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Charles Lindbergh

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The flight of Charles A. Lindbergh was actually three phases. The preflight that was step of obtaining the plane, the arrangements of sponsors, and making a list of land marks. Probably the most important phase out of all was the actual flight from New York to Paris, France. The final phase would consist of a man turning into a hero when he finally reaches Paris.
The preflight arrangements for Charles A. Lindbergh’s flight began in early 1927. Charles A. Lindbergh presented his proposal to Knight, Bixby, and other St. Louis businesspersons whom were impressed with Lindbergh’s confidence and agreed to sponsor his flight. Lindbergh had setup a $15,000 budget and $2,000 of which was Lindberghs. A name, the Spirit of St. Louis, was established. Lindbergh was to choose the plane and decide on all other aspects of the proposed flight. According to Lindbergh, a single-engine plane, rather than a multiengine plane increased the chance of success. His theory was the less weight, the more fuel, the greater range. The experts would say that a solo flight across the Atlantic was simply suicide. The burden on the pilot was considered too great—he would have to stay awake for over thirty hours, enduring constant stresses. Immediately, Lindbergh began searching for the right plane at the right price. He contacted a number of aircraft companies. Some did not respond and some turned him down. Things were not looking good for Lindbergh. In early February 1927, the Ryan Airlines Corporation of San Diego, California, had responded within twenty-four hours of receiving Lindbergh’s telegram regarding a plane for his proposed transatlantic flight. Yes, they could produce a plane that could fly nonstop from New York to Paris. It would cost $6,000 not including the engine, and would take three months to build. The Ryan workers worked on the Spirit of St. Louis morning, noon, and night, seven days a week. Voluntary overtime became a normal operating procedure, and work on most other planes had nearly stopped. After meeting with the company’s president, they decided to modify an existing Ryan model by outfitting the plane with extra fuel tanks and increasing the wing area, thus would give the plane a maximum range of 4,000 miles, more than enough to reach Paris. In the picture to the right, it shows how the main fuel tank in the fro...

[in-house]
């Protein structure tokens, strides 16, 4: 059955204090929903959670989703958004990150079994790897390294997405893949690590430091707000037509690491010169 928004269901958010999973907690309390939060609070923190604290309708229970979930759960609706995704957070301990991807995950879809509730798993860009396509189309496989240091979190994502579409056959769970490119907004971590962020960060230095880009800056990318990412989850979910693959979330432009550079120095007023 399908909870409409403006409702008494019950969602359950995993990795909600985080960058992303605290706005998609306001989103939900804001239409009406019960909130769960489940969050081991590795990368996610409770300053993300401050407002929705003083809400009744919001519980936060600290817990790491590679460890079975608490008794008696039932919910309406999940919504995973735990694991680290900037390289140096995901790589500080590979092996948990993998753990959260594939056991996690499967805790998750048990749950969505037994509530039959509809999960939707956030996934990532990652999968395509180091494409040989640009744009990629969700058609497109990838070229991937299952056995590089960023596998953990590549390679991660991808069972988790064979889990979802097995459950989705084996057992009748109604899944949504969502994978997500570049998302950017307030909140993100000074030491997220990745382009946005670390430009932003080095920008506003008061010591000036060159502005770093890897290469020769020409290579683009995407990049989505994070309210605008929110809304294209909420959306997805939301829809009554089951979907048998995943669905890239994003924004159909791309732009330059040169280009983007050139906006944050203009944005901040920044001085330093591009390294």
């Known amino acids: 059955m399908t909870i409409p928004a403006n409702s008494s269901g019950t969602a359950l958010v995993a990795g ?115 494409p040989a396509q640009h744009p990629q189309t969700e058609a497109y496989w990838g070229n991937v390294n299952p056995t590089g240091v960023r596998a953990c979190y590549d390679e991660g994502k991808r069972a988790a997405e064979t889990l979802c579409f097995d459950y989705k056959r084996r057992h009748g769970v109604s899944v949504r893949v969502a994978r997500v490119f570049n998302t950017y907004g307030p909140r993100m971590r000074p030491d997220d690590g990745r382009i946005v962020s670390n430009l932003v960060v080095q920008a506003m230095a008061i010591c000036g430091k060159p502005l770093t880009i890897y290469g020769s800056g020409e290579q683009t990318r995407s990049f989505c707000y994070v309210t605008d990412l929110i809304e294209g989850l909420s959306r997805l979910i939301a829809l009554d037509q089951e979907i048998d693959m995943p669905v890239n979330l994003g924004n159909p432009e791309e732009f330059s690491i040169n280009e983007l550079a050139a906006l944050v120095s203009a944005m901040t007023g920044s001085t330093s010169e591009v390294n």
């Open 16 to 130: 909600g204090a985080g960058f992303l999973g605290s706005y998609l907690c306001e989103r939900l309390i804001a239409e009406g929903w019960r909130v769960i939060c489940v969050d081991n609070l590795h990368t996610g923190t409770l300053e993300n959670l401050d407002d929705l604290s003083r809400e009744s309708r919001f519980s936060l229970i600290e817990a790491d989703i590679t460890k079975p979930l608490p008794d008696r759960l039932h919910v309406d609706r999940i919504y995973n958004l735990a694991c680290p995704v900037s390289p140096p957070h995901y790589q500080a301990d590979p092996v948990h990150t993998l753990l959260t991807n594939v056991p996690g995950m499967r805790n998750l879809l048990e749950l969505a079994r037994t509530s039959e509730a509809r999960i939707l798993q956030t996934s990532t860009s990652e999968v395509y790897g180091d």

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...nch flyers were able to get him released, but only after another American had been mistaken for him. Lindbergh’s helmet had somehow gotten on the other man’s head, and he was being dragged away by the crowd. Charles Lindbergh was insisting that something be done about his plane before he agreed to leave the field. He was shocked when he saw the Spirit of St. Louis. The crowds had ripped holes in the fuselage in order to take home souvenirs. What angered him even more was that the navigation log he had kept during his flight had been stolen. Lindbergh slept for the next ten hours. In the morning, Lindbergh and the ambassador stood on the balcony and greeted the jubilant crowd that had gathered in front of the embassy. Lindbergh had planned to fly back to the U.S. via Europe, Siberia, Alaska, and Canada, thus completing a trip around the world. However, he reluctantly gave in to pressure from the ambassador to accept President Calvin Coolidge’s invitation to return aboard the cruiser USS Memphis. The president presented him with the Distinguished Flying Cross and the Congressional Medal of Honor, and the post office issued an airmail stamp in his honor.


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